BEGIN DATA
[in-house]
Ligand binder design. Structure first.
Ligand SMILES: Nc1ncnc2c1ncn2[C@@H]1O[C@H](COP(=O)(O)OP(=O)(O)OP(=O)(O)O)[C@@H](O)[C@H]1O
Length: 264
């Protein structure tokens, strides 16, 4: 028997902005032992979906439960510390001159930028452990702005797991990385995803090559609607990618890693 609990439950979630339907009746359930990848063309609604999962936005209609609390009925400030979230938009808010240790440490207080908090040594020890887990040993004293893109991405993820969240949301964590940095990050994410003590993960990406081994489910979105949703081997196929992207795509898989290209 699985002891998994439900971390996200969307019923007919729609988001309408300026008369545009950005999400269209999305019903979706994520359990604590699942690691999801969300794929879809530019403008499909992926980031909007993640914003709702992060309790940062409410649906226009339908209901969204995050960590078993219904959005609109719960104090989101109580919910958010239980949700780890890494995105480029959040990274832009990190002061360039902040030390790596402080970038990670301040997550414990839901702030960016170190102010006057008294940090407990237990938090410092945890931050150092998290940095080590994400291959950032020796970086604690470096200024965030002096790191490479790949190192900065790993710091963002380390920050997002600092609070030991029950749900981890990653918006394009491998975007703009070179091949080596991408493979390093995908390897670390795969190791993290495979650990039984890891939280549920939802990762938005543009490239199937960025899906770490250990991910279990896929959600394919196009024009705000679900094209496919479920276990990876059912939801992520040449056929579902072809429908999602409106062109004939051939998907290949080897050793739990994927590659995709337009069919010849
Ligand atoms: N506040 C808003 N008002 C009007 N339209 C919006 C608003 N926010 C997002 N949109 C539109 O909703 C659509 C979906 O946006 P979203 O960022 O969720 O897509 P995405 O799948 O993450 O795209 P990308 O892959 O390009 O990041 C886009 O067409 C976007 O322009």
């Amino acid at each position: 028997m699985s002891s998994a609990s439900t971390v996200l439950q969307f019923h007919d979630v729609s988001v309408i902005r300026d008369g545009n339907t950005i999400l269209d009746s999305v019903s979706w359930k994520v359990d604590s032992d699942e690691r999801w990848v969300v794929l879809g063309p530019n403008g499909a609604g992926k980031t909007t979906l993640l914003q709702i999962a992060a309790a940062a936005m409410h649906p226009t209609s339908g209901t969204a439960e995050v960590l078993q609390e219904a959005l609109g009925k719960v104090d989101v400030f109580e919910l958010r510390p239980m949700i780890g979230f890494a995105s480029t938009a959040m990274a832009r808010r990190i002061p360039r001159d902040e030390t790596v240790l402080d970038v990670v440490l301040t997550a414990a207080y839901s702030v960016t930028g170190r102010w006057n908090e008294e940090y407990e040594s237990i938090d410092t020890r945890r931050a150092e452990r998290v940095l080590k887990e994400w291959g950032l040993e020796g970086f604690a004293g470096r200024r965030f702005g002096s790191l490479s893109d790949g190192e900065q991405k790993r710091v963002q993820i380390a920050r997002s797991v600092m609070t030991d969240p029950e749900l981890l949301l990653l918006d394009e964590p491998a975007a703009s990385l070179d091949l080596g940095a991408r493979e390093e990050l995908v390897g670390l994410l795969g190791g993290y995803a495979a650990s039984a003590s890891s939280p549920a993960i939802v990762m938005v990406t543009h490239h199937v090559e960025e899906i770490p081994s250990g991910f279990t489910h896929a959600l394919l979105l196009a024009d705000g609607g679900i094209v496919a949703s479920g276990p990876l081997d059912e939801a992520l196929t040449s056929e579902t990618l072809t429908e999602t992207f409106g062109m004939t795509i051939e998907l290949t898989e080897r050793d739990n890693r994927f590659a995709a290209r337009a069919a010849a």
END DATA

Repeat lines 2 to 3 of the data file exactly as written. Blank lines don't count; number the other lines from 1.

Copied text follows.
Ligand binder design. Structure first.
Ligand SMILES: Nc1ncnc2c1ncn2[C@@H]1O[C@H](COP(=O)(O)OP(=O)(O)OP(=O)(O)O)[C@@H](O)[C@H]1O